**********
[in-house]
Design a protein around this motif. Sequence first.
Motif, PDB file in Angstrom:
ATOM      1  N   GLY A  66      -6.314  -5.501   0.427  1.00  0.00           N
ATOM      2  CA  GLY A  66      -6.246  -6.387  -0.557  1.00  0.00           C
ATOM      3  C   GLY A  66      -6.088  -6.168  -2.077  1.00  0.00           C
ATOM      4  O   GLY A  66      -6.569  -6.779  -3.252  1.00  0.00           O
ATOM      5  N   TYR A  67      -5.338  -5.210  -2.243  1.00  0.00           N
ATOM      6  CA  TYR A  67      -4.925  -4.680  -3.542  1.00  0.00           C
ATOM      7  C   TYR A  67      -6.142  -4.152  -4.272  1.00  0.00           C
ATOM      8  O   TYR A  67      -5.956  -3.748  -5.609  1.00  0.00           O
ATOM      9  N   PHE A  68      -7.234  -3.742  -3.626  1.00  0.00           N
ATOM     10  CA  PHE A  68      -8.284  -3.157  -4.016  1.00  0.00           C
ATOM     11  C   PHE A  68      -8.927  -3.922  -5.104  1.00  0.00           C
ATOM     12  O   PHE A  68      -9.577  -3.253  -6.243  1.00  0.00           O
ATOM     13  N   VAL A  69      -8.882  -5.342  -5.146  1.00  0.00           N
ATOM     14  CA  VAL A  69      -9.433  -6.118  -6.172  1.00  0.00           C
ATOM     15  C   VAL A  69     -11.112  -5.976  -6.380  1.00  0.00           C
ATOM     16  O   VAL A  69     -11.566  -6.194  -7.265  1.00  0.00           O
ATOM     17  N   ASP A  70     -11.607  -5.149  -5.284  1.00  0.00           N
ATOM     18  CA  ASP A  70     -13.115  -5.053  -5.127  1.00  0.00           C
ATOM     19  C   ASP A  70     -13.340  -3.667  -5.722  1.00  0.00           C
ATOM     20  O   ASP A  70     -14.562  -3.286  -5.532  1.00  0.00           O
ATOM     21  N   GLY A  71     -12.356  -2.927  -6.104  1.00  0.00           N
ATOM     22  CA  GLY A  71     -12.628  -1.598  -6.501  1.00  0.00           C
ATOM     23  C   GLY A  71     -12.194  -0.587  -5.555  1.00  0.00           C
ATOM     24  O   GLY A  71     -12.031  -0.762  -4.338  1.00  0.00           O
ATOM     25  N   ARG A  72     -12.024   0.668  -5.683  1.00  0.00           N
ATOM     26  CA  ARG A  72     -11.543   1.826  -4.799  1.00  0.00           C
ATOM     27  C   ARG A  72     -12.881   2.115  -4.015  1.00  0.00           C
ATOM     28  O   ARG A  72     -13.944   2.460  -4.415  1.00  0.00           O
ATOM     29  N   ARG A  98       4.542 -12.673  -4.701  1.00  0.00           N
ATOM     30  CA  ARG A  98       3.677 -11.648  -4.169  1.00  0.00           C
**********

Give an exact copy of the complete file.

[in-house]
Design a protein around this motif. Sequence first.
Motif, PDB file in Angstrom:
ATOM      1  N   GLY A  66      -6.314  -5.501   0.427  1.00  0.00           N
ATOM      2  CA  GLY A  66      -6.246  -6.387  -0.557  1.00  0.00           C
ATOM      3  C   GLY A  66      -6.088  -6.168  -2.077  1.00  0.00           C
ATOM      4  O   GLY A  66      -6.569  -6.779  -3.252  1.00  0.00           O
ATOM      5  N   TYR A  67      -5.338  -5.210  -2.243  1.00  0.00           N
ATOM      6  CA  TYR A  67      -4.925  -4.680  -3.542  1.00  0.00           C
ATOM      7  C   TYR A  67      -6.142  -4.152  -4.272  1.00  0.00           C
ATOM      8  O   TYR A  67      -5.956  -3.748  -5.609  1.00  0.00           O
ATOM      9  N   PHE A  68      -7.234  -3.742  -3.626  1.00  0.00           N
ATOM     10  CA  PHE A  68      -8.284  -3.157  -4.016  1.00  0.00           C
ATOM     11  C   PHE A  68      -8.927  -3.922  -5.104  1.00  0.00           C
ATOM     12  O   PHE A  68      -9.577  -3.253  -6.243  1.00  0.00           O
ATOM     13  N   VAL A  69      -8.882  -5.342  -5.146  1.00  0.00           N
ATOM     14  CA  VAL A  69      -9.433  -6.118  -6.172  1.00  0.00           C
ATOM     15  C   VAL A  69     -11.112  -5.976  -6.380  1.00  0.00           C
ATOM     16  O   VAL A  69     -11.566  -6.194  -7.265  1.00  0.00           O
ATOM     17  N   ASP A  70     -11.607  -5.149  -5.284  1.00  0.00           N
ATOM     18  CA  ASP A  70     -13.115  -5.053  -5.127  1.00  0.00           C
ATOM     19  C   ASP A  70     -13.340  -3.667  -5.722  1.00  0.00           C
ATOM     20  O   ASP A  70     -14.562  -3.286  -5.532  1.00  0.00           O
ATOM     21  N   GLY A  71     -12.356  -2.927  -6.104  1.00  0.00           N
ATOM     22  CA  GLY A  71     -12.628  -1.598  -6.501  1.00  0.00           C
ATOM     23  C   GLY A  71     -12.194  -0.587  -5.555  1.00  0.00           C
ATOM     24  O   GLY A  71     -12.031  -0.762  -4.338  1.00  0.00           O
ATOM     25  N   ARG A  72     -12.024   0.668  -5.683  1.00  0.00           N
ATOM     26  CA  ARG A  72     -11.543   1.826  -4.799  1.00  0.00           C
ATOM     27  C   ARG A  72     -12.881   2.115  -4.015  1.00  0.00           C
ATOM     28  O   ARG A  72     -13.944   2.460  -4.415  1.00  0.00           O
ATOM     29  N   ARG A  98       4.542 -12.673  -4.701  1.00  0.00           N
ATOM     30  CA  ARG A  98       3.677 -11.648  -4.169  1.00  0.00           C